March 10, 2021 Blogs

Without this medicine, I would be unable to move.

My name is Ginny Boynton and I’m from Mechanicsburg, Pennsylvania. I am a mom to two sons, and I used to be active in sports and outdoor activities –– until 2001, when I started having mobility issues.

When my kids were finishing kindergarten and third grade, respectively, I started having physical difficulty with certain tasks. In retrospect, I noticed these symptoms in April when running behind my son’s bike to teach him how to ride was more difficult than I felt it should be. The weakness in my legs started to expand to other muscles.  

A woman with cropped grey hair and glasses, wearing a blue vest and short sleeve button down, stands in a gardenI was lucky that a large teaching medical center was close, and I was referred to a neurologist who treats other patients with my disease — Lambert Eaton Myasthenic Syndrome. LEMS is a neuromuscular condition that makes it difficult to move my muscles as I normally would.

My neurologist had me tested with an EMG, and when the results of the test came in, the doctor said my case was a classic example of Lambert Eaton Myasthenic Syndrome, or LEMS.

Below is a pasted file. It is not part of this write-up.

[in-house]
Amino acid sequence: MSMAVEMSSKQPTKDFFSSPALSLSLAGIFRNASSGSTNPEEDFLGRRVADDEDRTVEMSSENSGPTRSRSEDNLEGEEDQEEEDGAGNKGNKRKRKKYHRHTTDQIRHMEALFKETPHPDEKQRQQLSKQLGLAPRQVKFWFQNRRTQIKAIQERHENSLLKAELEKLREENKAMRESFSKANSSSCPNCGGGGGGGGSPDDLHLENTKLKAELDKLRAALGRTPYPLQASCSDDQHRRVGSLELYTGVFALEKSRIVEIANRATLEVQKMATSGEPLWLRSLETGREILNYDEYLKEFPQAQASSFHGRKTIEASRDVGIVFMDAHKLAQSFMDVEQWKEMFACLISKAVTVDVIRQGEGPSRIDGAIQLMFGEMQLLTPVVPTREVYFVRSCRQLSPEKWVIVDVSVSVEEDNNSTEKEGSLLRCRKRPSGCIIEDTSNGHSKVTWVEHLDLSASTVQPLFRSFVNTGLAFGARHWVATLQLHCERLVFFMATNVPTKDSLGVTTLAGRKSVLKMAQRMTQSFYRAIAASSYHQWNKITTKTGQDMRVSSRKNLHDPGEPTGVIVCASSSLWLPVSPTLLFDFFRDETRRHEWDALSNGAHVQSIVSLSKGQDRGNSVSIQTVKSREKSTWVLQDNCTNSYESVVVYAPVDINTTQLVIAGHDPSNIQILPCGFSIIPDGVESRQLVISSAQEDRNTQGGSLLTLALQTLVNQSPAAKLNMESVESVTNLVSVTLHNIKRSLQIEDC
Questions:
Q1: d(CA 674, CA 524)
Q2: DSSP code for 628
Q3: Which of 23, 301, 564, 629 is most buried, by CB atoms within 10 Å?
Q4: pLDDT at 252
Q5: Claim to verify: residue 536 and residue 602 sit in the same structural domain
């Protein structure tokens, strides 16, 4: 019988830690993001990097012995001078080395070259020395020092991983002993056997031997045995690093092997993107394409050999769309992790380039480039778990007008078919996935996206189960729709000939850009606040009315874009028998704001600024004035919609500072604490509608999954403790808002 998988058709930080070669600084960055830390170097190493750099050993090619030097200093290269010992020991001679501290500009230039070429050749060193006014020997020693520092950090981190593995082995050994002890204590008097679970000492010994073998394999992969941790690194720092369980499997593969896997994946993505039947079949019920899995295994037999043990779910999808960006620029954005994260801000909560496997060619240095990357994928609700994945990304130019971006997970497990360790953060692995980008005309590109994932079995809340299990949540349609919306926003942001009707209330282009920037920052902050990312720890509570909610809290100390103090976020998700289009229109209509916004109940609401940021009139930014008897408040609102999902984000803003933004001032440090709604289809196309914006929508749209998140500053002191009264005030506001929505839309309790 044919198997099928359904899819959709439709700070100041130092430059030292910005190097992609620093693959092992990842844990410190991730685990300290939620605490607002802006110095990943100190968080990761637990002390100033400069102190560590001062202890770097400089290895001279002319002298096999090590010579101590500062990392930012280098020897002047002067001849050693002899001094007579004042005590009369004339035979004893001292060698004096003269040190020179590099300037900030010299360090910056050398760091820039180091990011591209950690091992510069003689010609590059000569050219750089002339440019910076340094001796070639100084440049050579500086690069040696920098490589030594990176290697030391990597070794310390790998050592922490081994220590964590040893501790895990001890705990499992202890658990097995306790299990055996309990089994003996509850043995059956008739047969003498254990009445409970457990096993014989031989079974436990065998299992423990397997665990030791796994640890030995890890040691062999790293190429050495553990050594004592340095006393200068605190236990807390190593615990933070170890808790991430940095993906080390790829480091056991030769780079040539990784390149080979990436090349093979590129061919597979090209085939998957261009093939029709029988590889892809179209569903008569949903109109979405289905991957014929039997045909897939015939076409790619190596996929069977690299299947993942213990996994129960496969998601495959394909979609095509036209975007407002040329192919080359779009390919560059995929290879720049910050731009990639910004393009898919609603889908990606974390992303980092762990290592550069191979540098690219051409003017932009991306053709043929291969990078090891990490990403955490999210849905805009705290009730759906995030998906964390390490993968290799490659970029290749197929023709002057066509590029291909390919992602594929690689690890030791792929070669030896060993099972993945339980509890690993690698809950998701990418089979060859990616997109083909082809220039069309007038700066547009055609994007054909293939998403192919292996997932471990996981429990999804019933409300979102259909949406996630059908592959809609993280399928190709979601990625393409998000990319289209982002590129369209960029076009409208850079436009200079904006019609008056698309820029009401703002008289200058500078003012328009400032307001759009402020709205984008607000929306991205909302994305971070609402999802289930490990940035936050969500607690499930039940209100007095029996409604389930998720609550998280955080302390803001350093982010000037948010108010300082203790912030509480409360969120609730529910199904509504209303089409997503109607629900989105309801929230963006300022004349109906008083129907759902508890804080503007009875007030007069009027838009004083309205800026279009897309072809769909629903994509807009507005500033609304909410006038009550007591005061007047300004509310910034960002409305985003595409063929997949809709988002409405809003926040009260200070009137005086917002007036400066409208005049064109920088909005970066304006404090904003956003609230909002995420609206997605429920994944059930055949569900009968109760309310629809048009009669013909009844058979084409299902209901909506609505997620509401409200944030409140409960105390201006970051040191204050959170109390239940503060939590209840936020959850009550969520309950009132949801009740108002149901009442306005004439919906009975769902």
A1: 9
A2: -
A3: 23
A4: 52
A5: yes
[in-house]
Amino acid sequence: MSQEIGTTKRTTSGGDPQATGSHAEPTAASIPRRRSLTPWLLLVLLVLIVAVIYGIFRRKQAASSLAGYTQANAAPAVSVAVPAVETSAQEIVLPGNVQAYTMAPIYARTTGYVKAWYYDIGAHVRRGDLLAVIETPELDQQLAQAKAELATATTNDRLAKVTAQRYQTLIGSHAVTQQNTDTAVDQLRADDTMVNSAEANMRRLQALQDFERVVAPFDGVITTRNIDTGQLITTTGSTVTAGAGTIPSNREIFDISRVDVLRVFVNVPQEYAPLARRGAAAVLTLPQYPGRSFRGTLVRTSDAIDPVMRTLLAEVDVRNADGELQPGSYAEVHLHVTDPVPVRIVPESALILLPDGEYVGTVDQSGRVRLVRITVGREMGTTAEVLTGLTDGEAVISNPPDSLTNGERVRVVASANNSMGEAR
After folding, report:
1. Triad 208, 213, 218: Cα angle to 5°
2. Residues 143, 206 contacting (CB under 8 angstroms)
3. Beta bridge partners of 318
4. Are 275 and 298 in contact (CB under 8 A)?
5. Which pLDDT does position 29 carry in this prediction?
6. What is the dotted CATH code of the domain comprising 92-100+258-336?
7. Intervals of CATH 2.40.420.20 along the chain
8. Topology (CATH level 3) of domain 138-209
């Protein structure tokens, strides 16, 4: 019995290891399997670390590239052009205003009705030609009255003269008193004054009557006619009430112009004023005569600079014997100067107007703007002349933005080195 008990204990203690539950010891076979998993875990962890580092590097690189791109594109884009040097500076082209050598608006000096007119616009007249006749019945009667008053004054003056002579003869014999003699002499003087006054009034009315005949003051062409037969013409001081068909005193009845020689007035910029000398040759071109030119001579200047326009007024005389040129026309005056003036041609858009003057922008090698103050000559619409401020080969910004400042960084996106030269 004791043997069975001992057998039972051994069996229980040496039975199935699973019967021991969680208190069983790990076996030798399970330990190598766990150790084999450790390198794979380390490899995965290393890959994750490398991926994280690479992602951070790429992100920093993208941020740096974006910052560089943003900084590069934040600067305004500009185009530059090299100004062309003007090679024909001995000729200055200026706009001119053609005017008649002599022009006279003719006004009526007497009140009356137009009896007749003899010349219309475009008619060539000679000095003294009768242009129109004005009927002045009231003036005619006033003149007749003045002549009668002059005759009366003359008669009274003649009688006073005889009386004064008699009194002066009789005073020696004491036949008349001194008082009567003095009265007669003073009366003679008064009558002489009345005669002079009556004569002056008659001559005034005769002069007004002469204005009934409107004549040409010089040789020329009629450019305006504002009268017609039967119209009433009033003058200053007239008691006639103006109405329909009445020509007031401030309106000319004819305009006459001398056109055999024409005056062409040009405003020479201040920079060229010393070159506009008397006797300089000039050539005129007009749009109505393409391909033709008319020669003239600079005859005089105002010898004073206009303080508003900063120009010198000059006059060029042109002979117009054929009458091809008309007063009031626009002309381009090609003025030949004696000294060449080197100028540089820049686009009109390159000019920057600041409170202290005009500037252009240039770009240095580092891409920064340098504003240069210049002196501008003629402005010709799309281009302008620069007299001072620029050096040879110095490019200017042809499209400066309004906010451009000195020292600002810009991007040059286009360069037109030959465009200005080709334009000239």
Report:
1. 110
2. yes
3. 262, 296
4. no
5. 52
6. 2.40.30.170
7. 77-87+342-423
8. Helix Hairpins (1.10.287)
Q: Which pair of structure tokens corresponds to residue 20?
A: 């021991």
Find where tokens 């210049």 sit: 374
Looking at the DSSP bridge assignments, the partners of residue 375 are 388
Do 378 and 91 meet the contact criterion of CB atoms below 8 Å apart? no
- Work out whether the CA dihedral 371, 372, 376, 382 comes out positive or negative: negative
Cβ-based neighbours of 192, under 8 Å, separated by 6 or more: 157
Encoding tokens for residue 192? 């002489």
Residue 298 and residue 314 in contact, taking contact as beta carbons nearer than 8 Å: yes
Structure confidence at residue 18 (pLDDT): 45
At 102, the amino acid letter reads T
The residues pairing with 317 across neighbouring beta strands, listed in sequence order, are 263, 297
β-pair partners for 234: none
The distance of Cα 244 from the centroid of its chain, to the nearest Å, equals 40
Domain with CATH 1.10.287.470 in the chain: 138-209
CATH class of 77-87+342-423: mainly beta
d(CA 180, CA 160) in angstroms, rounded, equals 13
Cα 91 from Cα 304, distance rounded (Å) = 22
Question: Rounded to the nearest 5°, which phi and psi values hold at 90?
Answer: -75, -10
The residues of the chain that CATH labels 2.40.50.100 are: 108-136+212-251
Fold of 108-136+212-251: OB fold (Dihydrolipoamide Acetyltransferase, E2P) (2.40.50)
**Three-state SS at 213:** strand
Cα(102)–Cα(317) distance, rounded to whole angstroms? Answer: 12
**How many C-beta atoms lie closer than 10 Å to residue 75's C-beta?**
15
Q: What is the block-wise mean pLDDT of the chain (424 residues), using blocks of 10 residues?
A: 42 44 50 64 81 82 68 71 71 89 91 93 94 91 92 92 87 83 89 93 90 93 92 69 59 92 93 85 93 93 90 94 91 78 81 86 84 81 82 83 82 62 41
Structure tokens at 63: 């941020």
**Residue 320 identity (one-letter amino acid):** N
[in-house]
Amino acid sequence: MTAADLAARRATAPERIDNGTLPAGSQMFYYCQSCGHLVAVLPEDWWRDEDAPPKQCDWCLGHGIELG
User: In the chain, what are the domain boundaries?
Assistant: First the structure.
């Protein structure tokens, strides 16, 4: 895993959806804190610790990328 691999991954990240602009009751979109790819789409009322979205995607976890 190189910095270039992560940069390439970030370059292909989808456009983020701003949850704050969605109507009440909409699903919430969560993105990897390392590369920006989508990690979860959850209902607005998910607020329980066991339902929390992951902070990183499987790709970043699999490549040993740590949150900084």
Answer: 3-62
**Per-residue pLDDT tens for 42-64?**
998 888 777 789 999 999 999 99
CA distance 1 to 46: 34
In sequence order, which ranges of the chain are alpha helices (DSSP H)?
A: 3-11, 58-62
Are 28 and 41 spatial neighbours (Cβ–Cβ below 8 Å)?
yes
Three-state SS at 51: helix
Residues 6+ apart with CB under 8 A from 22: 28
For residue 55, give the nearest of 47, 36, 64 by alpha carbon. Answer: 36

After my diagnosis, I was able to get my 3,4 DAP medication early on and luckily, it came at no cost to me. This medicine greatly improved my quality of life and quickly provided encouraging results for treating my LEMS. Without it, I would be unable to move.

In 2018, a new drug company obtained FDA approval to produce 3,4 DAP under the brand name Firdapse. With the new company came new pricing, and the list price for my 80 mg dosage soared to $500,000 annually. I later switched to a similar medication, Ruzurgi, for medical reasons. Although Ruzurgi costs less than Firdapse, the annual price is still $250,000.

I’m lucky to have insurance coverage through my husband’s work that helps me afford my medications, but I worry about the strain these prices put on other LEMS patients and the system as a whole –– as well as what will happen when I go on Medicare in two years. I don’t know how a patient without insurance coverage could afford the astronomical price tag for these drugs.

These prices are out of control and are not sustainable for our country. A system that allows runaway drug prices like these places a burden not only on patients themselves, but on everyone in this country by way of the outsized financial responsibility paid by taxpayers. We need reforms to rein in drug prices to a sustainable, affordable level.


Patients For Affordable Drugs is the only independent national patient organization focused exclusively on achieving policy changes to lower the price of prescription drugs.